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Better end results
Marketing plans ensure that everyone on your team is on the same page when it comes to acknowledging goals, milestones and benchmarks. When you plan out the year and put that plan on paper, both old and new employees will be able to see the overall picture. This yields simpler, more cohesive processes and better results in the long run.
Marketing plans also help the organization to understand the budget and resources they need to achieve the goals that are in the plan, which is an important piece of executing the plan and achieving the desired end results.
Finally, marketing plans can help bridge the gap between marketers in an organization and other vendors they may be managing who need to be brought into the process as well, such as designers, public relations teams and freelancers. A solid marketing plan can improve communication across the board.
Creating a marketing plan
It’s time to get your plan on paper. When it comes to developing a marketing plan for your business, you’ll need to first, conduct market research (either formal or informal) and second, build your marketing strategy. In order to do that, there are some essential steps you need to take to start putting your plan together.
Your marketing plan will be broken into two major sections: your current business situation and your marketing strategy moving forward. Below you’ll find an outline to help you start writing your marketing plan. Although marketing plans will vary depending on your organization and its goals, your marketing plan should hit these main points.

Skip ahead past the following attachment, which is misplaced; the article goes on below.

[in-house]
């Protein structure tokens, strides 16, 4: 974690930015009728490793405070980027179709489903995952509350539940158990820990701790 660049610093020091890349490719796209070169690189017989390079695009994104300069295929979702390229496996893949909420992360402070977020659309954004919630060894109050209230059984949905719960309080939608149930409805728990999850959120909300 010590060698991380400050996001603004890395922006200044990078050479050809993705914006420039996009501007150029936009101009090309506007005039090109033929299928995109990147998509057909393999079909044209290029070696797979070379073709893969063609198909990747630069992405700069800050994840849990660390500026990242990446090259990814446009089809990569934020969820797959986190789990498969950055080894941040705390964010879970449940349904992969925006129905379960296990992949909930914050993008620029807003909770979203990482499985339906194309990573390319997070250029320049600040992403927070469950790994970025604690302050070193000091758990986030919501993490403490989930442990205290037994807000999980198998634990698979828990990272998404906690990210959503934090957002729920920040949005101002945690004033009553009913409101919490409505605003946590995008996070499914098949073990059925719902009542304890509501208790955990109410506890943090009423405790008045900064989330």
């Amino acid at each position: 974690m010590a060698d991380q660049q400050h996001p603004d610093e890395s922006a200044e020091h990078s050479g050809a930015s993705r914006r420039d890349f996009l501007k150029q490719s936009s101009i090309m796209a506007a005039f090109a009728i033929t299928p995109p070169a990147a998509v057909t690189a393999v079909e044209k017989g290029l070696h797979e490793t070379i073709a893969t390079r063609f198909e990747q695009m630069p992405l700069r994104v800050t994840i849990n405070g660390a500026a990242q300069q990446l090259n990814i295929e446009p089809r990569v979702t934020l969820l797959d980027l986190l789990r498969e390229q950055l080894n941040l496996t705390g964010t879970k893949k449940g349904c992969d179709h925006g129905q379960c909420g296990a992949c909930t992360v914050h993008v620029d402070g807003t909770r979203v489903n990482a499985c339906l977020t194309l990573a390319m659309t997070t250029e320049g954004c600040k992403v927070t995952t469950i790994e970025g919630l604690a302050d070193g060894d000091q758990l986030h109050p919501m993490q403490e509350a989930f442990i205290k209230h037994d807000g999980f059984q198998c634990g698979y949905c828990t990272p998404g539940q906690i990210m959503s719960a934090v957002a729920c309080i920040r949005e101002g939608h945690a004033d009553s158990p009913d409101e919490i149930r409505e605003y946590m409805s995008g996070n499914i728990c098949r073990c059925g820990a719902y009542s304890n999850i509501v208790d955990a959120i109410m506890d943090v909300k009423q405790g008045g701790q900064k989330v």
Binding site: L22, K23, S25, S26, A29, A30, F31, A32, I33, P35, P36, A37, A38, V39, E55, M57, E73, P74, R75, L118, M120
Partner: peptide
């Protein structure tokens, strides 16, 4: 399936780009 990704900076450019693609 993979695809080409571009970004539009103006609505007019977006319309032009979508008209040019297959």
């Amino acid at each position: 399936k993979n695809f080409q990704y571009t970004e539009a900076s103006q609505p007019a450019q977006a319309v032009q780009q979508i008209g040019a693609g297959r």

Marketing plan outline
I. Executive summary
II. Company overview
A. Company description and mission
III. Situation analysis
A. Industry analysis
B. Competitive analysis
C. Customer pains and opportunities
D. SWOT analysis
IV. Marketing strategy
A. Segmentation and target market
B. Objectives and goals
C. Brand positioning
D. Marketing mix (4Ps)
E. Budget and financial projections
F. Implementation and evaluation
Let’s elaborate on some of the more complex components of your marketing plan. Below are the key steps you’ll need to take to start writing your marketing plan.
Understand your business and industry
The first step in your marketing research: being an expert on your business and your industry. You’re writing a marketing plan for your business, so it’s no surprise that you have to know your business and how it fits into the market. But this part shouldn’t be too hard, because let’s be honest, no one knows your business like you do.
I like to call this part a situation analysis; a deep look at your current situation both as a business, but also the current state of the industry you’re in.
Here are a few things you should take look at:
In your business analysis
- Mission statement – What is your business about? What drives your top performers? What are your core values?
- A SWOT (Strengths, Weaknesses, Opportunities, Threats) Analysis – Take a look at your company’s strengths and weaknesses as an organization, as well as opportunities for growth and any threats your company could potentially experience
In your industry analysis
- Industry growth – What does the annual growth of the industry look like? Is it expected to continue to grow? If so, at what rate?